And long-time reader Vincent Phelps has another great question: “CBS Sunday morning had a segment on CLT, Cross Laminated timber. It brought timber frame construction to mind. Your thoughts on this technique for the Pole builder?”
Cross-laminated timber (CLT) is a large-scale, prefabricated, solid engineered wood panel. Lightweight yet very strong, with superior acoustic, fire, seismic, and thermal performance, CLT is also fast and easy to install, generating almost no waste onsite. CLT offers design flexibility and low environmental impacts. For these reasons, cross-laminated timber is proving to be a highly advantageous alternative to conventional materials like concrete, masonry, or steel, especially in multi-family and commercial construction.
A CLT panel consists of several layers of kiln-dried lumber boards stacked in alternating directions, bonded with structural adhesives, and pressed to form a solid, straight, rectangular panel. CLT panels consist of an odd number of layers (usually, three to seven,) and may be sanded or prefinished before shipping. While at the mill, CLT panels are cut to size, including door and window openings, with state-of-the art CNC (Computer Numerical Controlled) routers, capable of making complex cuts with high precision. Finished CLT panels are exceptionally stiff, strong, and stable, handling load transfer on all sides.
There are some CLT fallacies being circulated:
- CLT isn’t in the Building Code – wrong, CLT panels have great potential for providing cost-effective building solutions for residential, commercial, and institutional buildings, as well as large industrial facilities in accordance with the International Building Code. In 2015, CLT will be incorporated into the International Building Code (IBC). The IBC recently adopted ANSI CLT Standard PRG 320 into the 2015 IBC, so you can request a design review based on it now and submit it as an alternate material, design and methods (AMM).
- It is wood, it burns – Like using a few 12-inch-diameter logs to start a camp fire, mass timber does not catch fire easily. In fact, CLT acts more like concrete. Mass timber is not conventional so it is very hard to light, and once it is lit, it wants to put itself out. A research project recently completed at FPInnovations showed CLT panels have the potential to provide excellent fire resistance, often comparable to typical heavy construction assemblies of non-combustible construction. CLT panels can maintain significant structural capacity for an extended duration of time when exposed to fire.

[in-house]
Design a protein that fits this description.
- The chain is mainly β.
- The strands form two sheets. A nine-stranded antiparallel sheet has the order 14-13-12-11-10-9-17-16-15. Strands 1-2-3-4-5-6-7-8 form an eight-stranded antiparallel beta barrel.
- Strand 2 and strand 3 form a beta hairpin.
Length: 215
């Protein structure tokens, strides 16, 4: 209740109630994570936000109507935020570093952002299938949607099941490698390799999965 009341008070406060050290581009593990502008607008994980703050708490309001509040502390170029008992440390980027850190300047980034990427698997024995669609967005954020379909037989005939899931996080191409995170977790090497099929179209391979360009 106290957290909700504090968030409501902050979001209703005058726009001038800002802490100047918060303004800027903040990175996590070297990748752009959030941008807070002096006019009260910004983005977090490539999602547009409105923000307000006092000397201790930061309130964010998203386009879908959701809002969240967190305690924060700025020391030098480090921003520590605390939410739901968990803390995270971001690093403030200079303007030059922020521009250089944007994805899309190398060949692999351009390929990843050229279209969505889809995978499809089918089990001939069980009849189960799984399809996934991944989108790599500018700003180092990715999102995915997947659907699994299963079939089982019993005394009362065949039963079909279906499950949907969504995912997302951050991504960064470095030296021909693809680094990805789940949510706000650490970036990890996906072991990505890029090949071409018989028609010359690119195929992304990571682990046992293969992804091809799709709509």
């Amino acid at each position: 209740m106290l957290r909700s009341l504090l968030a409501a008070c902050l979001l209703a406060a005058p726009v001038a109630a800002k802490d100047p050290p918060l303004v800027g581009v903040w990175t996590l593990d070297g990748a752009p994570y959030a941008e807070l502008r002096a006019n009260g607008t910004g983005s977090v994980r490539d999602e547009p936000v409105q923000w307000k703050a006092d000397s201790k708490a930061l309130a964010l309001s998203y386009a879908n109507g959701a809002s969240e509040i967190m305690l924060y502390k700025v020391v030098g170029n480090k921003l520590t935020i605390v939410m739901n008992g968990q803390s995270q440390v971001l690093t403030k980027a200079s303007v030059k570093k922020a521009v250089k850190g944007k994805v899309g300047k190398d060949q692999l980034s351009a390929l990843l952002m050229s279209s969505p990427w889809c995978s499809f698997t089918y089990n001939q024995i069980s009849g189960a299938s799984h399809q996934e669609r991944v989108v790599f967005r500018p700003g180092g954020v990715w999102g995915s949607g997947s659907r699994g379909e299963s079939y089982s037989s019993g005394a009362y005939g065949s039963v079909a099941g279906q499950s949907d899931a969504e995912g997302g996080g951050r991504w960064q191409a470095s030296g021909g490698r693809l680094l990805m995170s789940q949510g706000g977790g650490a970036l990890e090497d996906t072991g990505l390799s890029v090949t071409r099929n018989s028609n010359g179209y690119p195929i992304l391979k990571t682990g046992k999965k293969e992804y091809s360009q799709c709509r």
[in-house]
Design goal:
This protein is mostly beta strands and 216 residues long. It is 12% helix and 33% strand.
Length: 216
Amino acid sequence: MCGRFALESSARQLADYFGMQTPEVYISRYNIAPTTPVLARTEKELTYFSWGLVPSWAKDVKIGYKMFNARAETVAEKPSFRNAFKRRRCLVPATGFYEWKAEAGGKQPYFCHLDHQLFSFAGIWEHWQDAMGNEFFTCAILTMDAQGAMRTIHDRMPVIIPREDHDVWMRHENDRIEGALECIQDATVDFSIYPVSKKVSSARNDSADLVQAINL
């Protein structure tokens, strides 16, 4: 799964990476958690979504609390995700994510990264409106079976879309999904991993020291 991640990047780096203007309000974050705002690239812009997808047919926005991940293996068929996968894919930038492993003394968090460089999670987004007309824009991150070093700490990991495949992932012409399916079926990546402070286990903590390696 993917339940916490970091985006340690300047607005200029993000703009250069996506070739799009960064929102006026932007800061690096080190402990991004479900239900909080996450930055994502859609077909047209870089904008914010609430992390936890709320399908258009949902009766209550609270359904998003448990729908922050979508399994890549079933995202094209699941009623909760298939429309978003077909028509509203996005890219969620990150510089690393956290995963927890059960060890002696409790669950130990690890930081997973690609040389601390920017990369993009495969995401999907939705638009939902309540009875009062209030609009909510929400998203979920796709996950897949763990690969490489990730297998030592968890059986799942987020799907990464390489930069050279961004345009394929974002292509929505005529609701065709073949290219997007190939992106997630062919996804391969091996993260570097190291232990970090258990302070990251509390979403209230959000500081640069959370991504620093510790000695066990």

- It takes a specialized crew – Keep in mind, CLT is just another form of glue laminated timber (glulam). It is just wood, so it designs and builds on the earlier technology. CLT panels, like other industry panels (precast concrete or SIP panels), provide easy handling during construction and a high level of prefabrication facilitation and rapid project completion. A conventional wood installation crew with other panel experience can lift, set, and screw down CLT panels, and with a manufacturer provided installation plan, it goes even faster.
- It isn’t environmentally friendly – CLT is manufactured 2×6 lumber from trees harvested from sustainable managed forests, and mostly Mountain Pine Beetle kill trees. If we don’t use them, they decay and emit carbon back into the atmosphere. Wood is also the only primary structural material which grows naturally and is renewable. In fact, according to “Sustainable Forestry in North America,” during the last 50 years less than 2% of the standing tree inventory in the U.S. was harvested each year, while net tree growth was three percent.
- It is expensive – When considering the total in-place value of a CLT system, it is cost competitive to other plate building materials. But you also need to consider all the value added benefits.More savings can be found in the reduced installation cost, usually 50% cheaper than installing other plate materials.With an earlier project completion date, you are open for business sometimes months ahead of schedule.
The building structure will weigh less than half the weight of other construction types, so the foundation costs less money.
- Job site safety is dramatically increased due to the prefabricated CLT panels and usually the only power tools are pneumatic drills.
The intent of CLT is not to replace light-frame construction, but rather to offer a versatile, low-carbon, and cost-competitive wood-based solution which complements the existing light frame and heavy timber options while offering a suitable candidate for some applications which currently use concrete, masonry, and steel.
My take on your question Vincent – CLT is a pretty neat product, but just like SIPs,
they are not a practical design solution for most post frame applications.
However, if you want to construct a wooden skyscraper, CLT might be just the thing!